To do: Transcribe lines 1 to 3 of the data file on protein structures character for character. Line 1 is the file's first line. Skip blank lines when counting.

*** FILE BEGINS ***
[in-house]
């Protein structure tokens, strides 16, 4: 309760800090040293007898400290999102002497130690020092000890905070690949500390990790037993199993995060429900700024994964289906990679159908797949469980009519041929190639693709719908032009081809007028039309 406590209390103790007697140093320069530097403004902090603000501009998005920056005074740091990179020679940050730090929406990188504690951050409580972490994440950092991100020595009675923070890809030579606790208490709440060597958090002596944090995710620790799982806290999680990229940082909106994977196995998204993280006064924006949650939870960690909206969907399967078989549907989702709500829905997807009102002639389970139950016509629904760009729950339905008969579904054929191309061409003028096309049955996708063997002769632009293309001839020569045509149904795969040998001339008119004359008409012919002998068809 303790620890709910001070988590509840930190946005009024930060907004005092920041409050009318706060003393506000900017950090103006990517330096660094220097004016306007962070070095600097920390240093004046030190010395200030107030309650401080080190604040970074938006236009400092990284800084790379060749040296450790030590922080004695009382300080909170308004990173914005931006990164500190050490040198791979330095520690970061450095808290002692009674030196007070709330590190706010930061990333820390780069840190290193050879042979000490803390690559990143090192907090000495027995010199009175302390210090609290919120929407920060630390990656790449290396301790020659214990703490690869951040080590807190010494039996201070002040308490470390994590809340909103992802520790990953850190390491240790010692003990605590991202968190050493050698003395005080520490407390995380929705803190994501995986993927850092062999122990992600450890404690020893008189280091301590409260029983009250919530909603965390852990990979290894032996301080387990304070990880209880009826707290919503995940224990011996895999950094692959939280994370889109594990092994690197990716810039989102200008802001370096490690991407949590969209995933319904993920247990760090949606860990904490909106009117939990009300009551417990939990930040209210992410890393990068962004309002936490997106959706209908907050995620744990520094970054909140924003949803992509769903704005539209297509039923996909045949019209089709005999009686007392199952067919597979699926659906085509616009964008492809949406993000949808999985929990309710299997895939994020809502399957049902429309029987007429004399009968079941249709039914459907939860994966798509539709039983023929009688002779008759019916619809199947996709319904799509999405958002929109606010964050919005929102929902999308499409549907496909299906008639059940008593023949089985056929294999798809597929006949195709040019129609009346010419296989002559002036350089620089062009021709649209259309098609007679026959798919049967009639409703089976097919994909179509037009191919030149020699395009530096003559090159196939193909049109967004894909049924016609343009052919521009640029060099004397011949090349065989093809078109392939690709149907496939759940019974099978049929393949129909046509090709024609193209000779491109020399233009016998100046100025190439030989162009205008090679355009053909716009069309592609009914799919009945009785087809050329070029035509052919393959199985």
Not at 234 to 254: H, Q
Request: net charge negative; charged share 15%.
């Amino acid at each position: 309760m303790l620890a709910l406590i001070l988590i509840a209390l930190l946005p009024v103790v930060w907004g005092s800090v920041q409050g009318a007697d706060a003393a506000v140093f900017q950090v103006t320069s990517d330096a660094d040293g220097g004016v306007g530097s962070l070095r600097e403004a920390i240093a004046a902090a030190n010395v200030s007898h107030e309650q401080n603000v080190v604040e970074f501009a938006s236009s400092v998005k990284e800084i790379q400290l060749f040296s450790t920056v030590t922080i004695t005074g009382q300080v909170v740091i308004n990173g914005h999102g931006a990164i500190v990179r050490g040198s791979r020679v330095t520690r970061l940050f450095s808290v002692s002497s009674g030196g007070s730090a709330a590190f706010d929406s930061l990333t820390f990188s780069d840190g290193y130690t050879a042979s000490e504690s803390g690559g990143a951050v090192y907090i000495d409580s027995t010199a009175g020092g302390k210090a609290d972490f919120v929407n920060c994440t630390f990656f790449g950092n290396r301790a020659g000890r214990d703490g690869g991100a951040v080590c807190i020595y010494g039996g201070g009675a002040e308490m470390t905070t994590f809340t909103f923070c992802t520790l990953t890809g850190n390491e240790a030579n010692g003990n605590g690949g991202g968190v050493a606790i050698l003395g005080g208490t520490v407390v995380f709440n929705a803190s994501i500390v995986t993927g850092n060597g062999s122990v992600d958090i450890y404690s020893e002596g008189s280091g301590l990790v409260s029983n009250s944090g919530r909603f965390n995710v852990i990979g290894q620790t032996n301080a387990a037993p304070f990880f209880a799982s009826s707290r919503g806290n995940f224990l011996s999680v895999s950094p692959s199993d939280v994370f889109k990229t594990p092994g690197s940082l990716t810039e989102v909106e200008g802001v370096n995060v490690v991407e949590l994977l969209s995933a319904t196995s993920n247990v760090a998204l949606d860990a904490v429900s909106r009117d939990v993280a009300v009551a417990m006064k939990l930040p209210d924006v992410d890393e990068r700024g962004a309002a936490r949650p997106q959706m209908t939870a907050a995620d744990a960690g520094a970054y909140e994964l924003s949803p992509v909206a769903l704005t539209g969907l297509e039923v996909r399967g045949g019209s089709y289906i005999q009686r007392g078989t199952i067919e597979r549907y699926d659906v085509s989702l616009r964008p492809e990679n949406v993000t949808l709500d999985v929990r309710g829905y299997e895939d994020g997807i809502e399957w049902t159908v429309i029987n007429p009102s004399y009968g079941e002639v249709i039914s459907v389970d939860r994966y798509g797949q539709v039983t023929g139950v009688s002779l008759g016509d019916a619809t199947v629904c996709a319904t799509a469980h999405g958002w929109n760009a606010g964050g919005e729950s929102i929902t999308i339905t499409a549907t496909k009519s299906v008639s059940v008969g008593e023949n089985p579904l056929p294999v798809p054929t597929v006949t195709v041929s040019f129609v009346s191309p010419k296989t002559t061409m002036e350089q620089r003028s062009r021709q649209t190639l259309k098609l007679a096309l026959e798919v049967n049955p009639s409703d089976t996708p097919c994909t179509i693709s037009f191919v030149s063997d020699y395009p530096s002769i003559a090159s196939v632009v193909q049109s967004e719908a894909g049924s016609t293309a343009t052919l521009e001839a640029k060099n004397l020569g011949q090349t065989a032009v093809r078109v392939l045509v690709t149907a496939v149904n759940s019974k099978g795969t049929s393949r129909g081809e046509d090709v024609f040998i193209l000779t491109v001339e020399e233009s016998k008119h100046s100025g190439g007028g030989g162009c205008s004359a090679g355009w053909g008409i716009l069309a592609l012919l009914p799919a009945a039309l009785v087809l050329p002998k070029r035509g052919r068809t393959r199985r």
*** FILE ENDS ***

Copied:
[in-house]
């Protein structure tokens, strides 16, 4: 309760800090040293007898400290999102002497130690020092000890905070690949500390990790037993199993995060429900700024994964289906990679159908797949469980009519041929190639693709719908032009081809007028039309 406590209390103790007697140093320069530097403004902090603000501009998005920056005074740091990179020679940050730090929406990188504690951050409580972490994440950092991100020595009675923070890809030579606790208490709440060597958090002596944090995710620790799982806290999680990229940082909106994977196995998204993280006064924006949650939870960690909206969907399967078989549907989702709500829905997807009102002639389970139950016509629904760009729950339905008969579904054929191309061409003028096309049955996708063997002769632009293309001839020569045509149904795969040998001339008119004359008409012919002998068809 303790620890709910001070988590509840930190946005009024930060907004005092920041409050009318706060003393506000900017950090103006990517330096660094220097004016306007962070070095600097920390240093004046030190010395200030107030309650401080080190604040970074938006236009400092990284800084790379060749040296450790030590922080004695009382300080909170308004990173914005931006990164500190050490040198791979330095520690970061450095808290002692009674030196007070709330590190706010930061990333820390780069840190290193050879042979000490803390690559990143090192907090000495027995010199009175302390210090609290919120929407920060630390990656790449290396301790020659214990703490690869951040080590807190010494039996201070002040308490470390994590809340909103992802520790990953850190390491240790010692003990605590991202968190050493050698003395005080520490407390995380929705803190994501995986993927850092062999122990992600450890404690020893008189280091301590409260029983009250919530909603965390852990990979290894032996301080387990304070990880209880009826707290919503995940224990011996895999950094692959939280994370889109594990092994690197990716810039989102200008802001370096490690991407949590969209995933319904993920247990760090949606860990904490909106009117939990009300009551417990939990930040209210992410890393990068962004309002936490997106959706209908907050995620744990520094970054909140924003949803992509769903704005539209297509039923996909045949019209089709005999009686007392199952067919597979699926659906085509616009964008492809949406993000949808999985929990309710299997895939994020809502399957049902429309029987007429004399009968079941249709039914459907939860994966798509539709039983023929009688002779008759019916619809199947996709319904799509999405958002929109606010964050919005929102929902999308499409549907496909299906008639059940008593023949089985056929294999798809597929006949195709040019129609009346010419296989002559002036350089620089062009021709649209259309098609007679026959798919049967009639409703089976097919994909179509037009191919030149020699395009530096003559090159196939193909049109967004894909049924016609343009052919521009640029060099004397011949090349065989093809078109392939690709149907496939759940019974099978049929393949129909046509090709024609193209000779491109020399233009016998100046100025190439030989162009205008090679355009053909716009069309592609009914799919009945009785087809050329070029035509052919393959199985």
Not at 234 to 254: H, Q